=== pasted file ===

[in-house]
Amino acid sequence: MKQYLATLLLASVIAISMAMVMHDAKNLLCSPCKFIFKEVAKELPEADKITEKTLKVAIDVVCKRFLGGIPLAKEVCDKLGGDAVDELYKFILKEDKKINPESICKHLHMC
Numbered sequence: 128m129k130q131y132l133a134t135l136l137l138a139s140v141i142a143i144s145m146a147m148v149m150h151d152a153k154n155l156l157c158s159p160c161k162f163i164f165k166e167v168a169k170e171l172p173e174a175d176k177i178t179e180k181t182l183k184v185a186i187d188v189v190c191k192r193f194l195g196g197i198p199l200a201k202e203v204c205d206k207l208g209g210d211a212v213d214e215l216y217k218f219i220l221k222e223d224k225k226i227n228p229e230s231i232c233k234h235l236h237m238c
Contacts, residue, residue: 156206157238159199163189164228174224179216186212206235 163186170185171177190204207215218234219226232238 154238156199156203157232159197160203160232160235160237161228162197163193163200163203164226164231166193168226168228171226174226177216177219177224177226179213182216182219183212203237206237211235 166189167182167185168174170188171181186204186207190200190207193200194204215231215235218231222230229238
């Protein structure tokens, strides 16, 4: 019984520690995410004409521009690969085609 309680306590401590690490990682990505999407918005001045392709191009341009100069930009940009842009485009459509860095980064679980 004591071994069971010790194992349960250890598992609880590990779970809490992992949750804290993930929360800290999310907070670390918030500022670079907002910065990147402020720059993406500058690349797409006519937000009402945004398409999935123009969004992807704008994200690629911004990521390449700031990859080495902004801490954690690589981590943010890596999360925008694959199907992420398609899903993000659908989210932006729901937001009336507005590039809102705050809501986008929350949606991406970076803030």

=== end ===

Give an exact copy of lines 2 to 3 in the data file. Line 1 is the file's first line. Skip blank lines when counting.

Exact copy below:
Amino acid sequence: MKQYLATLLLASVIAISMAMVMHDAKNLLCSPCKFIFKEVAKELPEADKITEKTLKVAIDVVCKRFLGGIPLAKEVCDKLGGDAVDELYKFILKEDKKINPESICKHLHMC
Numbered sequence: 128m129k130q131y132l133a134t135l136l137l138a139s140v141i142a143i144s145m146a147m148v149m150h151d152a153k154n155l156l157c158s159p160c161k162f163i164f165k166e167v168a169k170e171l172p173e174a175d176k177i178t179e180k181t182l183k184v185a186i187d188v189v190c191k192r193f194l195g196g197i198p199l200a201k202e203v204c205d206k207l208g209g210d211a212v213d214e215l216y217k218f219i220l221k222e223d224k225k226i227n228p229e230s231i232c233k234h235l236h237m238c